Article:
Andrew Kulp

Eagles Stay or Go 2020: What’s after Zach Ertz and Dallas Goedert?

Eagles Stay or Go 2020: What’s after Zach Ertz and Dallas Goedert?

Reuben Frank, Dave Zangaro and Andrew Kulp bring back Stay or Go with the 2020 version, trying to figure out the future of the Philadelphia Eagles.

Today, we’ll look at tight ends:

Zach Ertz

Roob: Ertz just turned 29 and is already 13th in NFL history in catches by a tight end. And he only needs 22 catches to reach the top 10. He’s an all-time great already, and he’s got a lot of football to go. And Ertz finally put to rest the myth that he’s not tough enough by playing in the Seattle playoff game 14 days after suffering a broken rib and lacerated kidney.

Verdict: Stays

Dave: Ertz has consistently been one of the best tight ends in the NFL for the last several seasons and is putting up numbers that might one day get him to Canton. This will be an important offseason for tight ends; it’s time for one of them to re-set that market because they’ve been underpaid for a long time. Ertz is just a great and consistent player and one of the most important pieces of the Eagles’ offense and he’s under contract. A long-term extension makes sense but the next one is gonna need to be a big one.

Verdict: Stays

Kulp: It was interesting hearing Ertz express some doubt about his future in Philadelphia. Fans like to bandy his name about as a possible trade chip, when in reality, he's a focal point of the offense. Then again, 2021 is the final year of his contract, which means 2020 is the time to start negotiating — especially since he's not getting any younger — and where will those talks go? The Eagles appreciate what Ertz brings on and off the field, but he's approaching 30 and starting to rack up a lot of mileage. It's hard to imagine the situation getting too messy, and the three-time Pro Bowler will probably play this year without a new deal. If the right offer came along though, the front office actually might jump on it.

Verdict: Stays

Dallas Goedert

Roob: Despite playing in Ertz’s shadow, Goedert is legitimately a top-10 tight end in his own right. He was 9th in the NFL in catches among tight ends this year and including the playoffs the only TEs with more catches since Week 5 are Travis Kelce, Ertz and George Kittle. You may have heard the Eagles like to play a lot of 12 personnel. With Ertz and Goedert, they can do it as well as anybody.

Verdict: Stays

Dave: After a slow start (five catches in four weeks), Goedert ended up having a big season. He had 58 catches for 607 yards and five touchdowns. His 58 catches ranked him ninth in the NFL. The Eagles committed to 12 personnel (two tight ends) this season and it worked, especially because the receiver position was a mess. Will it be their base personnel group going forward? Probably not. But they still need to find ways to get Goedert on the field.

Verdict: Stays

Kulp: As is customary with young players, specifically high draft picks, a lot of people were sleeping on Goedert's contributions midway through his second season. Until everything was said and done though, the second-year player ranked among the top 10 tight ends in the NFL in catches (9th), yards (10th) and touchdowns (t-7th). Not bad at all considering he's technically the No. 2 tight end. So what's the problem?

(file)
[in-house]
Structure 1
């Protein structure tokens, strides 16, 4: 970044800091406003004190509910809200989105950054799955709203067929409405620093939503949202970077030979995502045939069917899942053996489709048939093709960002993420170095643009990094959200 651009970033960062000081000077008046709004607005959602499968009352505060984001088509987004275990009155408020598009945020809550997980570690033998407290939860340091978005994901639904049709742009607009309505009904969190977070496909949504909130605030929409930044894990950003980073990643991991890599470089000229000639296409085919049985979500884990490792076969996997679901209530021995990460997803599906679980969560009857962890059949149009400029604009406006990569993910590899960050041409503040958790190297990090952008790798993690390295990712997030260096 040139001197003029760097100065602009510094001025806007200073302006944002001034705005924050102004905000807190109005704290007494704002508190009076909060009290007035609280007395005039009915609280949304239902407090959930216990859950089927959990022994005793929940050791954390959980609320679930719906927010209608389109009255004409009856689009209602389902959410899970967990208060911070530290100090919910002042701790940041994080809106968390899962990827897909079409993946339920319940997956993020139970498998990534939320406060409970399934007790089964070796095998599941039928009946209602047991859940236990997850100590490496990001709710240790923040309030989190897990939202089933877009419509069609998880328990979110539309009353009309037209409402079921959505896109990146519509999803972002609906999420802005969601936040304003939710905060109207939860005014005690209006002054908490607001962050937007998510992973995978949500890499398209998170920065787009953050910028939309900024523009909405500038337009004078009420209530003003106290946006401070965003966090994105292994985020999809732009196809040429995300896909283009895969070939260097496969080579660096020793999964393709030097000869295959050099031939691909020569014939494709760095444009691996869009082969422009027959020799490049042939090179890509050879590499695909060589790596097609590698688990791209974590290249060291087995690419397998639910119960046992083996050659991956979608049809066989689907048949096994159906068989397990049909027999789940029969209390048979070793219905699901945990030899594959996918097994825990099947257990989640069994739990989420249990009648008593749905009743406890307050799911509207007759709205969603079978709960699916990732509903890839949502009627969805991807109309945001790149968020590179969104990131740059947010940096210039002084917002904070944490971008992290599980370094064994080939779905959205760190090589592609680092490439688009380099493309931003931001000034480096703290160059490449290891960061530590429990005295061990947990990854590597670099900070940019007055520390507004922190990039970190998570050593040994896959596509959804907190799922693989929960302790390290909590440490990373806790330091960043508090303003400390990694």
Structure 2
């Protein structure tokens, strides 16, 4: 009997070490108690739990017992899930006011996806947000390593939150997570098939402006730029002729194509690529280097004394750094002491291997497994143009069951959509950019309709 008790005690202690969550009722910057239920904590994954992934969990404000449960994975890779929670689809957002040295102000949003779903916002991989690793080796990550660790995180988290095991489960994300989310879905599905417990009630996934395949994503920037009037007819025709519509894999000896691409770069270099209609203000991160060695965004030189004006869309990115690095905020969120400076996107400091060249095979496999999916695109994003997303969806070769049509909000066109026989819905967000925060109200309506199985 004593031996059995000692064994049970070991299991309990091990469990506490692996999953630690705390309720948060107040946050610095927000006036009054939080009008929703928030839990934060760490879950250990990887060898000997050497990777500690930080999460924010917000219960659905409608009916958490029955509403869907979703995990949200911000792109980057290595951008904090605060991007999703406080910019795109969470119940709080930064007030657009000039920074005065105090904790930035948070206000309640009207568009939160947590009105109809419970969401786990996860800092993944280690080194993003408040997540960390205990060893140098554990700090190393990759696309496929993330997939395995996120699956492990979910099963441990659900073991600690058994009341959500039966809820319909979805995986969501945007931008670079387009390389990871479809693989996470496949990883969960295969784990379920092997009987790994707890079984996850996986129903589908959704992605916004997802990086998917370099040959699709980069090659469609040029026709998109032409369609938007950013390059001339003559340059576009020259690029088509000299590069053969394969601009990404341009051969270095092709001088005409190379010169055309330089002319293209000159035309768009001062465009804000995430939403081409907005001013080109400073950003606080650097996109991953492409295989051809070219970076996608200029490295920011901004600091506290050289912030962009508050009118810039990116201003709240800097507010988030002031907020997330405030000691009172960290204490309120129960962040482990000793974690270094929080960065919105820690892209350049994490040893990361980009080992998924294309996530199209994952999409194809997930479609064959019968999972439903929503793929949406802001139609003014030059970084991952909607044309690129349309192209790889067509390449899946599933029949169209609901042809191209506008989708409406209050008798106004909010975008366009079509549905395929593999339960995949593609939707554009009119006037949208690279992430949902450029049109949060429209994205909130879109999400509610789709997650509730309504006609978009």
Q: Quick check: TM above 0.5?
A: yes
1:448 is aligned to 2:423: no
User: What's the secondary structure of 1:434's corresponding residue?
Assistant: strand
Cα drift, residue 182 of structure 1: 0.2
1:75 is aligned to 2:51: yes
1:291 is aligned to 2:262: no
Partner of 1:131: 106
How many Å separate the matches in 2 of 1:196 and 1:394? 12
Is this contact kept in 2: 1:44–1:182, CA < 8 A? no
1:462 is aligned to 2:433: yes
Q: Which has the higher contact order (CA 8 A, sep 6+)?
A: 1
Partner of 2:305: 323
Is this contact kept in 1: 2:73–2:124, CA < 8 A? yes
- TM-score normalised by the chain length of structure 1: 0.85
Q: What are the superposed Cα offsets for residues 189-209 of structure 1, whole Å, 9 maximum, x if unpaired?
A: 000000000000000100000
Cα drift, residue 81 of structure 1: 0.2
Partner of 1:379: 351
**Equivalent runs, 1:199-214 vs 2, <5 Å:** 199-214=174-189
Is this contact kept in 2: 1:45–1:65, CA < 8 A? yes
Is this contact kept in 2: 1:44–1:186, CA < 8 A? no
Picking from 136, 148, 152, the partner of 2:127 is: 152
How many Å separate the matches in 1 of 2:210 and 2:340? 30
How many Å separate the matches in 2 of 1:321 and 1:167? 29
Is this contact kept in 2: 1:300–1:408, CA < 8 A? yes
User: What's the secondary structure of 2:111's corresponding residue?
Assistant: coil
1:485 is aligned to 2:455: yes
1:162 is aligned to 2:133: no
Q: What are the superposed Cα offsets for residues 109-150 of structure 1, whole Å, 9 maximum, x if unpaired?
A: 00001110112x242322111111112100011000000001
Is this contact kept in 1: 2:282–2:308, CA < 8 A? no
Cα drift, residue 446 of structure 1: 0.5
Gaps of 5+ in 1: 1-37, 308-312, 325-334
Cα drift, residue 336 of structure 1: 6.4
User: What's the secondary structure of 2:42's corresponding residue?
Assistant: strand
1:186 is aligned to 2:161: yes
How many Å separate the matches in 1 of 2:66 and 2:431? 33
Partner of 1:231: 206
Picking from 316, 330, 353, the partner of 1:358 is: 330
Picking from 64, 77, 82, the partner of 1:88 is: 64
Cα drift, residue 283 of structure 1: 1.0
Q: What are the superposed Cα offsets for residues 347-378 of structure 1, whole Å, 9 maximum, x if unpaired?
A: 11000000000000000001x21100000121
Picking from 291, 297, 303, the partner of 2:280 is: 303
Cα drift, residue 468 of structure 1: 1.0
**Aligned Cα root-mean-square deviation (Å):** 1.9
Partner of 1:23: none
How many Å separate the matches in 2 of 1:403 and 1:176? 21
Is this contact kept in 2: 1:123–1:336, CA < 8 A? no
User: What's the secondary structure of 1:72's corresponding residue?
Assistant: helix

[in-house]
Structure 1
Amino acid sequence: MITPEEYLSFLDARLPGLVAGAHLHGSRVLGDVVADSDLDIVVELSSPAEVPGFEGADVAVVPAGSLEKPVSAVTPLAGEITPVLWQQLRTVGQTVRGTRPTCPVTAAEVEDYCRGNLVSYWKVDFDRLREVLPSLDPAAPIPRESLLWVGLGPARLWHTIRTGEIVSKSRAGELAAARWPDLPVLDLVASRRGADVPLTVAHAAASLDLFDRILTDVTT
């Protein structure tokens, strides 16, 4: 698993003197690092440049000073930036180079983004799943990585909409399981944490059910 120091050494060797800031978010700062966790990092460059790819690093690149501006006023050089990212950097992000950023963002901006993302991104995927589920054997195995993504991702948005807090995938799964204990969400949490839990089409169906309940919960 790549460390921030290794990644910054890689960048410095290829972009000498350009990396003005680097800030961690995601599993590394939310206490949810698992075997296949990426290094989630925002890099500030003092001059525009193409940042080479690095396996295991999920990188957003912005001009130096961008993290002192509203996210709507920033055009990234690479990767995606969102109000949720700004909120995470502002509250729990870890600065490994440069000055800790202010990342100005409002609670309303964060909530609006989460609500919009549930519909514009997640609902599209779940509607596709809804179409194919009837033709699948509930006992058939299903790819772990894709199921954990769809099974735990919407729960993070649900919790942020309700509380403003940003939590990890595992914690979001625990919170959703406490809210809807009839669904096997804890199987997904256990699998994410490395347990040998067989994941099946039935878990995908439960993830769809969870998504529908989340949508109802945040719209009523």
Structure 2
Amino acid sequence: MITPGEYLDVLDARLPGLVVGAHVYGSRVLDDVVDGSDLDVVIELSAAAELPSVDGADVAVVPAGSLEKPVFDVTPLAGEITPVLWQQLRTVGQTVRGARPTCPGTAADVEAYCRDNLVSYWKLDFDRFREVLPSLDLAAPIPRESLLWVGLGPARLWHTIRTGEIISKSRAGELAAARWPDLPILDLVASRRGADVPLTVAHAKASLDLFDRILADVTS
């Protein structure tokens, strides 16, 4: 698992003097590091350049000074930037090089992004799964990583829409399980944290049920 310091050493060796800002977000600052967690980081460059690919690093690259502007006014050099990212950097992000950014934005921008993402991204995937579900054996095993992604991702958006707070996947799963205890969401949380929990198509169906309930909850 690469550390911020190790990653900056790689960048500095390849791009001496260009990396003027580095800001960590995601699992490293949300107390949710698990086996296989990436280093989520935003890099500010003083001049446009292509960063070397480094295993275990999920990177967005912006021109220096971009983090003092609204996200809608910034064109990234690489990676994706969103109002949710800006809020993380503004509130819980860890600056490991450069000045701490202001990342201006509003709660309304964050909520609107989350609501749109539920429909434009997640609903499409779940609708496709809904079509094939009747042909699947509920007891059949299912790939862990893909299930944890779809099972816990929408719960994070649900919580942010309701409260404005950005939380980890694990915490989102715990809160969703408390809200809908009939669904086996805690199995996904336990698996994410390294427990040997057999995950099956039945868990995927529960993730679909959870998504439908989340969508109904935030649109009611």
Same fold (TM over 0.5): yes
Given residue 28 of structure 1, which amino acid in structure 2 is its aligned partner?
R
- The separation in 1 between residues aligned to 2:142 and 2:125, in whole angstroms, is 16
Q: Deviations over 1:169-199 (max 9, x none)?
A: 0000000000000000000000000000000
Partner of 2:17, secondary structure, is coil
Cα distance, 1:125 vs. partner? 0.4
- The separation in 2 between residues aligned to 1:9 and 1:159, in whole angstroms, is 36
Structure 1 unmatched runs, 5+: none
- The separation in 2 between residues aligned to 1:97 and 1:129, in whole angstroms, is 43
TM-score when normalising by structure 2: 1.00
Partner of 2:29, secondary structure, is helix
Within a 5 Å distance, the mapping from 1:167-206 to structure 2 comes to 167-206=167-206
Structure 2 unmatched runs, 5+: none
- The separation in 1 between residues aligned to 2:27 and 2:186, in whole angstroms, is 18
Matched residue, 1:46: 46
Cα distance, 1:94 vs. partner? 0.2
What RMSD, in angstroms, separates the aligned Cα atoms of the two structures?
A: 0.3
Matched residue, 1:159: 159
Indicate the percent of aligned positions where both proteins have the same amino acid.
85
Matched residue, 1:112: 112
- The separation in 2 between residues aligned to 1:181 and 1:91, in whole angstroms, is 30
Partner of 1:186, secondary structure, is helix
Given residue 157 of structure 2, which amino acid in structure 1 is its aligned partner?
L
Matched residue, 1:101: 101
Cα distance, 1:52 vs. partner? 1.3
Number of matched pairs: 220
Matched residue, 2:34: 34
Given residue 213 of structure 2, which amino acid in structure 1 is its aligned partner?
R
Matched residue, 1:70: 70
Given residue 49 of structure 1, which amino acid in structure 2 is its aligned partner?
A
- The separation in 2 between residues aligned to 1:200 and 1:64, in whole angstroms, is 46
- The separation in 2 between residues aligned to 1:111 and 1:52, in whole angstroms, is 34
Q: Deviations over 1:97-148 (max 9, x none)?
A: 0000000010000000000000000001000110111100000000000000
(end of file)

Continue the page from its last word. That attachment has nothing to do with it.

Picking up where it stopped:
Verdict: Stays

Richard Rodgers

Roob: The Eagles re-signed Rodgers when Ertz got hurt in the Giants game, but that was just as an emergency in case everybody else got hurt. Rodgers is six years into his career, and he’s caught as many as 58 passes in a season. He’s smart, knows the offense, keeps himself in shape. But if he has a future in the NFL it’ll be somewhere else.

Verdict: Goes

Dave: At the end of the season, Rodgers got a few paychecks from the Eagles. He should be back in camp but he has struggled to stay healthy, so they probably can’t rely on him. He has a shot but …

Verdict: Goes

Kulp: Keep his number in the Rolodex in case of emergency, but Rodgers has not been able to stay healthy the last two seasons. You don't need much from a third tight end. Availability is one of the primary traits.

Verdict: Goes

Josh Perkins

Roob: The Eagles were lucky they had Perkins, who’s able to give them reps at wide receiver or tight end as needed. And he did help out, mainly in the second Giants game, when he caught four passes for 50 yards, including that crazy 29-yard TD from Carson Wentz. But he’s not fast enough to consistently play receiver and he’s not a good enough blocker to get consistent tight end reps. He’s a gamer, but he really doesn’t have a position.

Verdict: Goes

Dave: I give credit to Perkins, who came in this season and made some plays down the stretch after being called up from the practice squad. The problem here is that the last two seasons, the Eagles have needed Perkins because of his ability as a wide receiver. If they solidify that position — and they need to — Perkins isn’t as important.

Verdict: Goes

Kulp: Three times in the last two seasons, Perkins recorded at least 4 catches and 37 yards -- and he's barely played. He's got great measurables at 6-foot-3, 223 pounds with 4.6 speed, and is even a significant special teams contributor. Really nice prospect. The trouble is he's a free agent. The Eagles should try to keep him, otherwise they'll just have to replace him. Seeing as he spent most of the year on the practice squad, there shouldn't be that much of a clamoring for his services.

Verdict: Stays

Alex Ellis